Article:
Of The Indian I Am Not

My poem ‘Of the Indian I am not’ was read by Anne Fine at the Edinburgh International Book Festival, Scotland at Amnesty International’s annual Imprisoned Writers’ series on August 24th, 2009. The poem was written twenty years ago when I was at Hampshire College, Amherst, Mass as an undergraduate. I wrote it and put it aside because there was no interested public forum beyond the requirements of my study on Education/Creative Writing. I don’t think anyone wanted to know about either subject -indian/minorities or women in Malaysia. When Amnesty International, U.K selected this poem to be read at the festival, I read it once again with renewed interest. Things for minorities and women have not changed in Malaysia, though courageous Malaysians are rising up to address the issues I write about. These Malaysians are addressing the issues within the country in practical, peaceful and political ways. My poem was originally published in MalaysiaKini.com, Malaysia’s only independent non-government press giving voice to the voiceless or silenced.

As a woman writer writing in English across cultures, I find myself in troubled waters, often. What pertains as a thought, a concern, a valid issue in one country and culture, is a non-issue in another. There is much literature about radical Islam in America for example, and many books and speakers on the subject, but what we need to be doing is to begin to address the human rights struggles instead of generating literature and thoughts of terror. We are living in a multi-faith world community and as Christians, must study the truth and live by it. In Emerson’s words, “For all men live by truth, and stand in need of expression. In love, art, in avarice, in politics, in labor, in games, we study to utter our painful secret. The man is only half himself, the other half is his expression.”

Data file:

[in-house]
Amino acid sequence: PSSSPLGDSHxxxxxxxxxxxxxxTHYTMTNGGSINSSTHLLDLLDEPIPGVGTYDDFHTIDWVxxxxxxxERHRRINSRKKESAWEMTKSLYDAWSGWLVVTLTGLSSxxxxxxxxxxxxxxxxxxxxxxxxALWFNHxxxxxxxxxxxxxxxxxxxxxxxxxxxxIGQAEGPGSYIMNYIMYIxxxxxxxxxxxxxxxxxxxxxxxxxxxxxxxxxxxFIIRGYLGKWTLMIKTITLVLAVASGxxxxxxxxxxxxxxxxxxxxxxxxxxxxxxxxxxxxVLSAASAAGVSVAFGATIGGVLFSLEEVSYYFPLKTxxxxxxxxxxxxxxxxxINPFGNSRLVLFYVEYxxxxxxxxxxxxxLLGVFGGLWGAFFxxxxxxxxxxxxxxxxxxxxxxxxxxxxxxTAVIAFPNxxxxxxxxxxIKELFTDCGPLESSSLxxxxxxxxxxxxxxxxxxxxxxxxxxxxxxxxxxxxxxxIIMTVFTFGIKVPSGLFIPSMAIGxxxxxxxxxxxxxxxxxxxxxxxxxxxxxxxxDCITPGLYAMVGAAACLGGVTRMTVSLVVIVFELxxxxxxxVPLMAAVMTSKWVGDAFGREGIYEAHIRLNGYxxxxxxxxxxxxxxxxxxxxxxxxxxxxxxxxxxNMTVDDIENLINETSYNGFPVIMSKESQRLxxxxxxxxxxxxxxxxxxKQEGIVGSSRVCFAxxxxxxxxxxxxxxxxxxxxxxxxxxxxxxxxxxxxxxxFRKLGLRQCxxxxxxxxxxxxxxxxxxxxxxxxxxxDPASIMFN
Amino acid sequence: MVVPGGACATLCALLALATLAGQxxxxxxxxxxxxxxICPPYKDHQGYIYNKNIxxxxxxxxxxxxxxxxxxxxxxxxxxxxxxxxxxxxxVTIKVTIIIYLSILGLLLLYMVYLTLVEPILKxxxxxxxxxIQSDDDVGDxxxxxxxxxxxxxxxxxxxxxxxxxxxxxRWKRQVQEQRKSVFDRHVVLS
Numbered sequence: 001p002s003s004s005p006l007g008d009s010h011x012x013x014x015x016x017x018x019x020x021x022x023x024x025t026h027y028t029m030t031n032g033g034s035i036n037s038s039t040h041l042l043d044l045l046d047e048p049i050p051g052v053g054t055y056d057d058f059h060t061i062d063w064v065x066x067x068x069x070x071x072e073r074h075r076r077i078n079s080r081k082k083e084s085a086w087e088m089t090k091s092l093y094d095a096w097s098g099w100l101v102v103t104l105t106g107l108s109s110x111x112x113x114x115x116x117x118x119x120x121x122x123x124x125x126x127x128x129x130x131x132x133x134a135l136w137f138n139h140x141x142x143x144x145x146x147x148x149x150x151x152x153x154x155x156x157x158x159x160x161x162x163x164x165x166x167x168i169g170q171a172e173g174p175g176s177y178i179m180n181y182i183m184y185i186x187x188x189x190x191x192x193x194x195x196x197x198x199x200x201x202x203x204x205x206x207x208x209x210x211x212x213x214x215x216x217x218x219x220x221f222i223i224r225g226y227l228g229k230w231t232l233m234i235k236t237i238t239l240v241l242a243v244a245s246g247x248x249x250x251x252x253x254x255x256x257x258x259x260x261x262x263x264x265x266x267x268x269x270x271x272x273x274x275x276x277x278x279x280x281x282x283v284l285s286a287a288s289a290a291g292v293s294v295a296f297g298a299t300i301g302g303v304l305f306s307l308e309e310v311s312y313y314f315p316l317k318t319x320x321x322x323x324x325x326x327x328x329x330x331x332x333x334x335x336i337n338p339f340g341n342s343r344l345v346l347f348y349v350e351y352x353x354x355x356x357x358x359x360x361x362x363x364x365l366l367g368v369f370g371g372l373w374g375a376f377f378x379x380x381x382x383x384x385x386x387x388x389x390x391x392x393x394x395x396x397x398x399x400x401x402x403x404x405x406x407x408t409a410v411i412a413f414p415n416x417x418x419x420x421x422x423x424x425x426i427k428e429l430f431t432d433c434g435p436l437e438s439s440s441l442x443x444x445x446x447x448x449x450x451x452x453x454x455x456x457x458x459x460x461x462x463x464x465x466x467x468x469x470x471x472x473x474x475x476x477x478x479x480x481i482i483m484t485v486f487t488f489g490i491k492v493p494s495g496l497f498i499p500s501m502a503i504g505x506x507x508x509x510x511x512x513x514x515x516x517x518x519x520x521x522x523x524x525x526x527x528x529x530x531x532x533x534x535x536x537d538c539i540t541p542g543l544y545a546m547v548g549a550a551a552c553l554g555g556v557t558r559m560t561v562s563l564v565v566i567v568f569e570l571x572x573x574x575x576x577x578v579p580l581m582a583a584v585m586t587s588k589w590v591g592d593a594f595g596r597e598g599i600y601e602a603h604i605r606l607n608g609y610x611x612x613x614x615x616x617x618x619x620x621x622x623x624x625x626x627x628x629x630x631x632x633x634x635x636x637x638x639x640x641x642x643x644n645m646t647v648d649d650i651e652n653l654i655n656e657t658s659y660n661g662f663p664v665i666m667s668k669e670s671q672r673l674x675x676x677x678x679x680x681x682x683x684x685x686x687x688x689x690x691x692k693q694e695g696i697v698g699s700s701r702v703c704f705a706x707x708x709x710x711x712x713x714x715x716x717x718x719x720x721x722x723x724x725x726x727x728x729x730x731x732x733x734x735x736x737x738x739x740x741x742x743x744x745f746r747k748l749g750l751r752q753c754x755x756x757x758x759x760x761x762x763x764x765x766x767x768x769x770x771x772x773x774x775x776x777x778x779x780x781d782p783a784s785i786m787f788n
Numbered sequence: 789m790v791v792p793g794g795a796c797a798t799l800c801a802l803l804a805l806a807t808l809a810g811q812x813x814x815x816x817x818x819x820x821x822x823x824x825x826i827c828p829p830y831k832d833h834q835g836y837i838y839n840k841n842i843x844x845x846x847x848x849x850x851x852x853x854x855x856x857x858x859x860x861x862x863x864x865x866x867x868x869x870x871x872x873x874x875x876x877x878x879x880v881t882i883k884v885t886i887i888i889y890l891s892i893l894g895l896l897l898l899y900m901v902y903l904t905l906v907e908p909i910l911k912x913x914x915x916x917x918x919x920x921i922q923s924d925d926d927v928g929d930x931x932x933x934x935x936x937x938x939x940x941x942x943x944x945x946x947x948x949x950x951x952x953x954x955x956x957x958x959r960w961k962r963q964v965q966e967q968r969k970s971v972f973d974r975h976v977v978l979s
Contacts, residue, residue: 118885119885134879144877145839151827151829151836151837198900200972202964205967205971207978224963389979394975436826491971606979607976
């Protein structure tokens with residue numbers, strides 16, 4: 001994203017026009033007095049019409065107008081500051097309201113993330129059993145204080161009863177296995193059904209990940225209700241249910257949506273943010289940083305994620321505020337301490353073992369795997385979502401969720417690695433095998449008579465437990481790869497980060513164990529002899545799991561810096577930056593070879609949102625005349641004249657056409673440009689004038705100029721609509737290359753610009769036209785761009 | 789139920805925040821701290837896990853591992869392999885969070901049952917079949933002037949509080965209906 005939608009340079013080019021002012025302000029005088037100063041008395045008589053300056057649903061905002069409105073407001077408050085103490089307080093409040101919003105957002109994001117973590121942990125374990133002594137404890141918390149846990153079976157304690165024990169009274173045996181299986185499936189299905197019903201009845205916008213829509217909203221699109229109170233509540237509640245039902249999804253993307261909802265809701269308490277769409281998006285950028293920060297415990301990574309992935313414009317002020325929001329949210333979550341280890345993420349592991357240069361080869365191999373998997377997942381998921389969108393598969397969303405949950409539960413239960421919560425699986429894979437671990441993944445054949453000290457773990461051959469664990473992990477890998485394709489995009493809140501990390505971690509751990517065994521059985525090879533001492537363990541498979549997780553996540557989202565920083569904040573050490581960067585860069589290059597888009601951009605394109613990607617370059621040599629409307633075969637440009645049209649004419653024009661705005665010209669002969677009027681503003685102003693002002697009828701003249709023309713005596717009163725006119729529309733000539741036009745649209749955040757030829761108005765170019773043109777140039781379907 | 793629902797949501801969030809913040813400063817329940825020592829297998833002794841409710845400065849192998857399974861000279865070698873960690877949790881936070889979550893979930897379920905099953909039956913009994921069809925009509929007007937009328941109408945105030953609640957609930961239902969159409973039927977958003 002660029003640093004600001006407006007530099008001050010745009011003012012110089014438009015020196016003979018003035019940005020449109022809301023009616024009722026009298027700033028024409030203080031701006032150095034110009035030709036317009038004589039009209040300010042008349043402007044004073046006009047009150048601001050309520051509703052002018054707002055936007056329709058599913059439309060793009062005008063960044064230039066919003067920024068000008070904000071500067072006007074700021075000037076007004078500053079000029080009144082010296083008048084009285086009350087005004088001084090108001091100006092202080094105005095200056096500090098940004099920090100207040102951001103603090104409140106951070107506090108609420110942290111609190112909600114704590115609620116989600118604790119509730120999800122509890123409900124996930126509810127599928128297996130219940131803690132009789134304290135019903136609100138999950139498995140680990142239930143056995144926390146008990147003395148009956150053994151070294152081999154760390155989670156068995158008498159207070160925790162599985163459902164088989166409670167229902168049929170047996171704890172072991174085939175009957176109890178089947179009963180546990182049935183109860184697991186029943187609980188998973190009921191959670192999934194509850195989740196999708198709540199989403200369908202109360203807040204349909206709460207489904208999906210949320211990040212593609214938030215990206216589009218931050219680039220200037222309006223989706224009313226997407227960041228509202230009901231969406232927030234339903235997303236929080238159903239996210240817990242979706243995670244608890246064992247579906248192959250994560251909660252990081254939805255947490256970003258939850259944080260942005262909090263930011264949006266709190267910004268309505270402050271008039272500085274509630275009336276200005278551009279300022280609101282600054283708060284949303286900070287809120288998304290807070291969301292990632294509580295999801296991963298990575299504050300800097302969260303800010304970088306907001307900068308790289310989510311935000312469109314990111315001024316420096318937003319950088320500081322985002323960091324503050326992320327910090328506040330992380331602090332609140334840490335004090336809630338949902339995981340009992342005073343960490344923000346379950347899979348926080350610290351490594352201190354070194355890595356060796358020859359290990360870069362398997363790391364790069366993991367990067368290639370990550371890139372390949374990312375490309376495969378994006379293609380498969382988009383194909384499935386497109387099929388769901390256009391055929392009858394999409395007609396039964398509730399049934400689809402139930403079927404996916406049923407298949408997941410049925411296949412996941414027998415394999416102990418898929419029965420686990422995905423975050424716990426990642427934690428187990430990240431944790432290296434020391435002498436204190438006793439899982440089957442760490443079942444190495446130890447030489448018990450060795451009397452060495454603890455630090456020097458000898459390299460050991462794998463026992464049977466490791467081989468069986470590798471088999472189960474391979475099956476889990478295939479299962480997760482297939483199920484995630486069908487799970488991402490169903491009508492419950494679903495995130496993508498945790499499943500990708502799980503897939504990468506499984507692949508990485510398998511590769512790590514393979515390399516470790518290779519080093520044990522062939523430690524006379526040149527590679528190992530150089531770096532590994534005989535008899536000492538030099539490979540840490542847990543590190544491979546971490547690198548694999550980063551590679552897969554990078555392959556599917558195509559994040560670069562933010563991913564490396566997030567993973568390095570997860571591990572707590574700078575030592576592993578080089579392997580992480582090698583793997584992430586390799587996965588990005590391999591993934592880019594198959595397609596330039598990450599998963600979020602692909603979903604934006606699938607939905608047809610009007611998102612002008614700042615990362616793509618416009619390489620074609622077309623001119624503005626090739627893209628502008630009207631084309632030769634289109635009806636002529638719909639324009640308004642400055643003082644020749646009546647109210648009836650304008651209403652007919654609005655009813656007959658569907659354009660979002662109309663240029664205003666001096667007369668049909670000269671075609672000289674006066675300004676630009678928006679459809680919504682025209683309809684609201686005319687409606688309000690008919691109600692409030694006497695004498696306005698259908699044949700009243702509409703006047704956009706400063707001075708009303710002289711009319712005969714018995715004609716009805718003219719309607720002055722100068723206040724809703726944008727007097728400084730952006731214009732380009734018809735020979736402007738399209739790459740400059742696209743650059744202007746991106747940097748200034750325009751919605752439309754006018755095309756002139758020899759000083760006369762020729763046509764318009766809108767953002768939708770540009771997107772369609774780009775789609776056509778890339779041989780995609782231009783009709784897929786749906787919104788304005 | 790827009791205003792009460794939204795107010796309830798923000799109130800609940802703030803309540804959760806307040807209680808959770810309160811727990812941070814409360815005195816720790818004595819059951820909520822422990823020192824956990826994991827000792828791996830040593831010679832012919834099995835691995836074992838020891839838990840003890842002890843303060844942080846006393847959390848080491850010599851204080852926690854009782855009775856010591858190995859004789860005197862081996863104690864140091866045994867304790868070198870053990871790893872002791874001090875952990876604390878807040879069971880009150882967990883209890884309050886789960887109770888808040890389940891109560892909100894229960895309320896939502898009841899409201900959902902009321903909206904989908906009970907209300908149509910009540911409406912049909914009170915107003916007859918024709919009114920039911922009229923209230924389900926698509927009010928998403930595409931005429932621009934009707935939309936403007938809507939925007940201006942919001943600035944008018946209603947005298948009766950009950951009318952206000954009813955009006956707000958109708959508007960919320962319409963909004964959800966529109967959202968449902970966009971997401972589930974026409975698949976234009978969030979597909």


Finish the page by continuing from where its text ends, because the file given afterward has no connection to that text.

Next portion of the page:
For this reason, I am in favor of the Obama administration’s approach to Education and quite averse to keeping children at home from school so their hearts and minds are not engaged with the issues of the day. This strikes me as a curiously archaic approach to Education in a free country. My son is exposed daily to a lifestyle and culture I do not agree with, yet I do not keep him home from school. Education is a process of opening one’s eyes and ears not shutting it like one of those proverbial three monkeys, hearing, speaking and seeing no evil. When we are surrounded by evil, we need to develop the skills of soul and conscience to overcome evil with good.

We all know that 2 % of any population can destroy the image of the rest of the population. This is what the Al Qaida, Taliban and UMNO in Malaysia have done with the Muslim community.

Although I am a Christian in America, I am have grown somewhat disillusioned as I find that here as well, the elements of false religion. In their sermons some pastors and politicians have learned to exploit the radical elements of Islam and the more ‘exotic’ elements of other faiths and cultures, while ignoring the significant and pressing social problems before them, right here in the United States. Take child marriage for example – while the circumstances of marriage in other countries include force, the US has the highest rate of teen pregnancies of the industrialized nations.

Education about human rights issues and addressing this as matters of grave concern is more biblical I believe than all the rant about religion. Jesus is concerned with the poor, the needy, the alien and the oppressed. I have read the Bible, and continue to read the Bible, meditating on His words. I do not find Him devoting much energies to setting up a political system, reviling another or praying political/religious prayers.

Instead Jesus (and the prophets in the Bible) met needs, pray, do miracles and certainly do not exploit the poor, the needy, the alien and the oppressed for personal or public gain, profit, glory and selfish ambition.


One response to “Of The Indian I Am Not

  1. Keep speaking the truth Anushka!

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